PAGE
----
Perry Watkins Takes on the U.S. Army — and Wins

Until the U.S. military lifted “Don’t Ask, Don’t Tell,” it enshrined a “Homo? You go!” protocol. So, why would any queer person want in?

For multiple reasons, some seen in the amazing saga of Perry James Henry Watkins (1948–1996). Perry was born in Joplin, Missouri, to an economically disadvantaged Black family. Perry’s father left early on, but his mom Ola loved her only child and fully accepted his queerness from the time Perry began to have “relations” at age 13. Perry, in turn, was always truthful about such relations. Later, he maintained the racism he encountered daily was more difficult than any homophobia.

Ola got a new husband, and the family moved to Tacoma, Washington, where Perry took high school dance classes and even interned with the Tacoma City Ballet. But as the Vietnam war ramped up, Uncle Sam sent him the “I want you” love letter.

Perry marked “yes” in the “homosexual tendencies” box on the induction center’s questionnaire. He was interrogated by a psychiatrist, then asked if he had any problems serving his country. Nope. So Watkins was “qualified for military service.”

Thus, in May 1968, Perry began his military career as an openly gay man. But it wasn’t all roses, so he sought to leave a few times, referring to his “tendencies.” After all, several white men he knew had done it successfully. But no, his Black self had to stay.

Thinking of college financial assistance, he reenlisted in 1970 for a six-year hitch. Again, Perry said he was a “homo,” and again, the Army said “okay.”

Originally assigned as a chaplain’s assistant, he was removed due to that pesky gayness. He then trained as a personnel clerk. Meanwhile, the Army made use of his other talents. Perry entertained in drag as “Simone” in enlisted men’s clubs in Korea and across Europe. He received several commendations for his work.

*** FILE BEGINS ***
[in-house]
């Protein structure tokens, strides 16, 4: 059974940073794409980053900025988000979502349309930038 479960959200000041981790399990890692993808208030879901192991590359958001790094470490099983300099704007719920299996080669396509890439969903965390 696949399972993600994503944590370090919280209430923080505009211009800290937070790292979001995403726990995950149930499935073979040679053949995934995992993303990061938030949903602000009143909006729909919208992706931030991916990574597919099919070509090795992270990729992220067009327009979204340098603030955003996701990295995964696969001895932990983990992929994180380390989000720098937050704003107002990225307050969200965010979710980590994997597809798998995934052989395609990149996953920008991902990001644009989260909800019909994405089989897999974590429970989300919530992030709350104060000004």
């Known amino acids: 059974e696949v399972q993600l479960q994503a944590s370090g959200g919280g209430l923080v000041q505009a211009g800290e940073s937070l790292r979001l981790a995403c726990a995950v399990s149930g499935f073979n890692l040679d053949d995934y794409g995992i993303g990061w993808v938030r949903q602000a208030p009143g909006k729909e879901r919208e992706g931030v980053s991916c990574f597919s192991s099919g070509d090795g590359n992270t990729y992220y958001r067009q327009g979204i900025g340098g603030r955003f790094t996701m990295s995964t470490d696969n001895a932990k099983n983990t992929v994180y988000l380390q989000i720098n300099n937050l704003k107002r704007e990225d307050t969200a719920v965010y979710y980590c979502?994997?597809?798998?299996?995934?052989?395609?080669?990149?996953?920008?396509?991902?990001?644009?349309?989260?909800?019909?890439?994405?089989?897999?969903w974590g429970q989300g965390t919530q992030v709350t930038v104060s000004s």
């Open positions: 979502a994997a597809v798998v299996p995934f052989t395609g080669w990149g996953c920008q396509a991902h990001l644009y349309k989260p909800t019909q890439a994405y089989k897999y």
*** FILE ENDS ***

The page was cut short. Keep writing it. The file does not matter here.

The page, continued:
Perry was investigated in 1972 for removal from the service due to sexual orientation. Oddly enough, the report concluded his own admissions were insufficient to prove homosexuality. So, he’d stay. And reenlist.

Mysteriously, the Army would continue to try to kick him out. In 1975, for instance, his commanding officer said, “Remove him.” The military inquisitors harped on the fact that Perry admitted having relations with other enlisted men, but would not name names. Eventually, the thick report said his exemplary service record argued for retention “despite” his homosexuality.

In 1978, his security clearance was reviewed. Again, he was retained, and again he reenlisted — for a third time without challenge.

But in 1981, the Army mandated “the discharge of all homosexuals, regardless of merit.” However, this took a lot longer than anyone expected.

Meanwhile, another review pulled his security clearance, which affected his pending promotion. This meant an ACLU attorney and a district court ruling in Perry’s favor. Retained! But on review, the appeals court declared the Army needn’t act against its own regulations.

Meanwhile, Perry decided to go for 20 years so he could retire with a pension. But the Army separated him in 1984 after 16 years. He worked for the Social Security Administration while Watkins v. United States Army wound through the courts. Perry said, “For 16 years the Army said being homosexual wasn’t detrimental to my job. Then, after the fact, they said it was.”

Finally, the court ruled only “a compelling interest” justified gay exclusion. Otherwise, it violates the equal protection clause of the Fourteenth Amendment. So, the Army had illegally fired him.

Perry settled for a retroactive promotion, $135,000 in retroactive pay, full retirement benefits, and an honorable discharge.

The George H.W. Bush administration asked the Supreme Court to review the decision. It declined.

Perry managed to do what tens of thousands couldn’t: he successfully fought the Army. Now he wished to assist those wanting to stay in the military. But the servicemembers support groups weren’t interested — only young, white, and straight-appearing poster boys need apply.

While serving as a grand marshal at New York City’s 1993 Pride, he told an interviewer: “Racism within the gay community is a big problem. The primary reason is that we are a direct reflection of the society from which we come, which is controlled by white males. When the gay community was formed and became political, the leaders were white men, and they brought their prejudices with them.”